There is so much information out there about how to find an internship that’s right for you, one that relates to your field of study, or one that will boost your experiences. We’ve covered topics such as:
- How to find your perfect internship,
- Internship Search Checklist http://oregonstate.edu/career/sites/default/files/JobSearchChecklist.pdf
- “How to Find an Internship” http://blogs.oregonstate.edu/careerservices/2013/07/26/howto-find-an-internship/
- And, how to make the most out of your internship experience while you’re there.
- “5 Tips for a Successful Internship Experience” http://blogs.oregonstate.edu/careerservices/2013/08/09/5-tips-for-a-successful-internship-experience/
But the topics hardly ever discussed are those such as: “what to do with your experience after the internship” or “how to hone in on the various skills and lessons you learned from your experience,” even if the experience wasn’t what you expected it to be.
I’ve done two internships during my time at Oregon State, and one the summer following my junior year of high school. I know you must be thinking, “Wow, this girl started early!” But, with my indecisiveness on what to major in, I had to start early.
See, the important thing to understand about internships is that, while you may be able to earn college credits for them, they above all serve as important tools in your career development. For example, the first internship I did following my junior year of high school was through a class at The Art Institute of San Diego. At the time, head over heels for art and computers, I was interested in Computer Animation. Attending a small, private high school, I had no access to Computer Animation classes or an opportunity to experience with the subject. In doing research, I was able to find a Computer Animation summer class offered by The Art Institute, and found it the perfect opportunity to explore the subject. This experience assisted me in exploring computer animation as a potential career, developing hands-on computer animation skills, and networking with top computer animators in the country (my teacher drew Pink Panther and Spongebob)! What this experience also taught me was that Computer Animation wasn’t the right industry for me. The tedious drawing of each and every movement and shift was something I didn’t have the patience for. While some might deem this an unsuccessful internship experience, I ended up learning a lot about myself, including the types of jobs I saw myself a part of in the future. I couldn’t see myself sitting at a drawing board or computer all day; I wanted to be more engaged with others and I decided a job that allowed me to work with people would be one I would succeed most in.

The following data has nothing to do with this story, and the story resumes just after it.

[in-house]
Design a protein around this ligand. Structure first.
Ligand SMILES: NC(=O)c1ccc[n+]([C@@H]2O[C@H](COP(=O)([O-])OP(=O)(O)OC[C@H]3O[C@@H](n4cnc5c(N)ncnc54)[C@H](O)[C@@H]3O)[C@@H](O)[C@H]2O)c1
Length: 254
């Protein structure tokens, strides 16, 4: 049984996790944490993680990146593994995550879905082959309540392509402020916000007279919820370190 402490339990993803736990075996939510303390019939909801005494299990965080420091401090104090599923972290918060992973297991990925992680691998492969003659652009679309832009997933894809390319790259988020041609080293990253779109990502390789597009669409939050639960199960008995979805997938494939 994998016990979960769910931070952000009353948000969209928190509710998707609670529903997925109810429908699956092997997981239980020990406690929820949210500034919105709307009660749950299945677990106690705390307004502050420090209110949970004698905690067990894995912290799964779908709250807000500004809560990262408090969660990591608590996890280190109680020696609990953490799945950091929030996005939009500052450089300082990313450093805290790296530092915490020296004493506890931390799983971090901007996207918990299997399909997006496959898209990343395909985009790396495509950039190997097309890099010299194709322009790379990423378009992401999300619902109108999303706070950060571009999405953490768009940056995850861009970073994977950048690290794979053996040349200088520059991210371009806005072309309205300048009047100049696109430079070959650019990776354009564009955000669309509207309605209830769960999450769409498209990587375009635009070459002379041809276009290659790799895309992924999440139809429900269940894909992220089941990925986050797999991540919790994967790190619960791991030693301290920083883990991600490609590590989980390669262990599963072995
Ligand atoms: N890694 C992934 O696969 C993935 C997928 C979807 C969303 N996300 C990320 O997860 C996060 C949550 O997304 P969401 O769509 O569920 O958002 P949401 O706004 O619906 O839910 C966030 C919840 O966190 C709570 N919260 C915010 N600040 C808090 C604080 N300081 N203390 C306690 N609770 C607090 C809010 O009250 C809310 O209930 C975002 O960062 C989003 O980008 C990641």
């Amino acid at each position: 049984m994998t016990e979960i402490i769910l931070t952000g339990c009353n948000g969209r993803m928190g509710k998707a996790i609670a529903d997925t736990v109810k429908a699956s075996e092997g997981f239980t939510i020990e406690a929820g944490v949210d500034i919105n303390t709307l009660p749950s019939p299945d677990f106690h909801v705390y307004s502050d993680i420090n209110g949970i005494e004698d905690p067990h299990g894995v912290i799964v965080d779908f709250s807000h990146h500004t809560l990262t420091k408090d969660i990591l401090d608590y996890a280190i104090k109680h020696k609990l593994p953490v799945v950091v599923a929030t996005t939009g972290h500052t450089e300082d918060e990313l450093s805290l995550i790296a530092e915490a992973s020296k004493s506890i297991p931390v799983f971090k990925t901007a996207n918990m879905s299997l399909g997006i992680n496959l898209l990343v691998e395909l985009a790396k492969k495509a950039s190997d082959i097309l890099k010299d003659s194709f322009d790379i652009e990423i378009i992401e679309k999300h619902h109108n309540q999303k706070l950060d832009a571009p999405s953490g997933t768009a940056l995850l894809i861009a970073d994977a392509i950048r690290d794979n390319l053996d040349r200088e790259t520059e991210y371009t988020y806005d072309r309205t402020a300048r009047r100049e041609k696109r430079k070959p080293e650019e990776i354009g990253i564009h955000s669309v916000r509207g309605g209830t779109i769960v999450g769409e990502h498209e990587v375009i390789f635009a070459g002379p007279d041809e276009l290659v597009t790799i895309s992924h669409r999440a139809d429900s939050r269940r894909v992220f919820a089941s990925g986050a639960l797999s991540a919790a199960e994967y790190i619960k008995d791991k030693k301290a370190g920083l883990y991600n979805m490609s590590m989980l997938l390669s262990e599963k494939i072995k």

My second internship experience brought similar results. Still unsure of what I wanted to major in, I continued to take opportunities to assist me in figuring it out. As an IT and Investigations Intern at the Santa Barbara District Attorney’s Office, I was able to further develop my IT skills, as well as explore Law Enforcement as a potential path. This experience was beneficial, as I was able to note Law Enforcement as a potential degree path and add numerous skills to my resume. I was able to, again, increase my computer skills, gaining knowledge in databases, as well as serve as a right-hand to attorney’s, first-handedly gaining insight on what being an attorney entails.
My third, and most recent, internship was with the Disney College Program. This experience, much different from the two mentioned previously, brought back my desire to work with people. While my second internship sparked my interest in Law Enforcement, the Disney College Program sparked my interest in the Tourism and Hospitality industry. I was working in the Florida summer (so hot!) in outdoor foods, which I knew I didn’t want to do for a career. While the job itself wasn’t interesting to me, I was able to note various aspects of the job that I enjoyed, such as my love for providing exceptional customer service. I realized that I enjoyed the District Attorney’s Office internship because I was serving the attorney’s; I was assisting them in their court cases by printing photos, recording testimonies, listening to and editing testimony transcripts, and other relevant tasks. Assisting guests at The Walt Disney World Resort helped me recognize my natural passion for customer service and the importance of customer service as an element of my future career.
The point here is, that if an internship opportunity arises and sparks your interest, I encourage you to go for it! You have nothing to lose and everything to gain. Even experiences that show you what you don’t want to do, will surprise you in ways you never thought, many times teaching you a little more about yourself. The cool thing about internships is that they exist to help you learn. An internship is defined as any official or formal program to provide practical experience for beginners in an occupation or profession. From this definition, it is important to keep in mind that an internship provides ‘practical experience’. You may be interested in the study of a particular field or subject, but it is equally important to gain experience working hands-on in that field, in order to confirm it is right for you. So I encourage you to take advantage of the many internships that are out there, because there is ALWAYS opportunity in EVERY opportunity! And for those of you that have participated in internships you thought were a waste of time, you completely disliked, or weren’t what you expected, I encourage you to look back at those experiences and make note of the things you did learn from them.
posted by Erica Evans, Career Assistant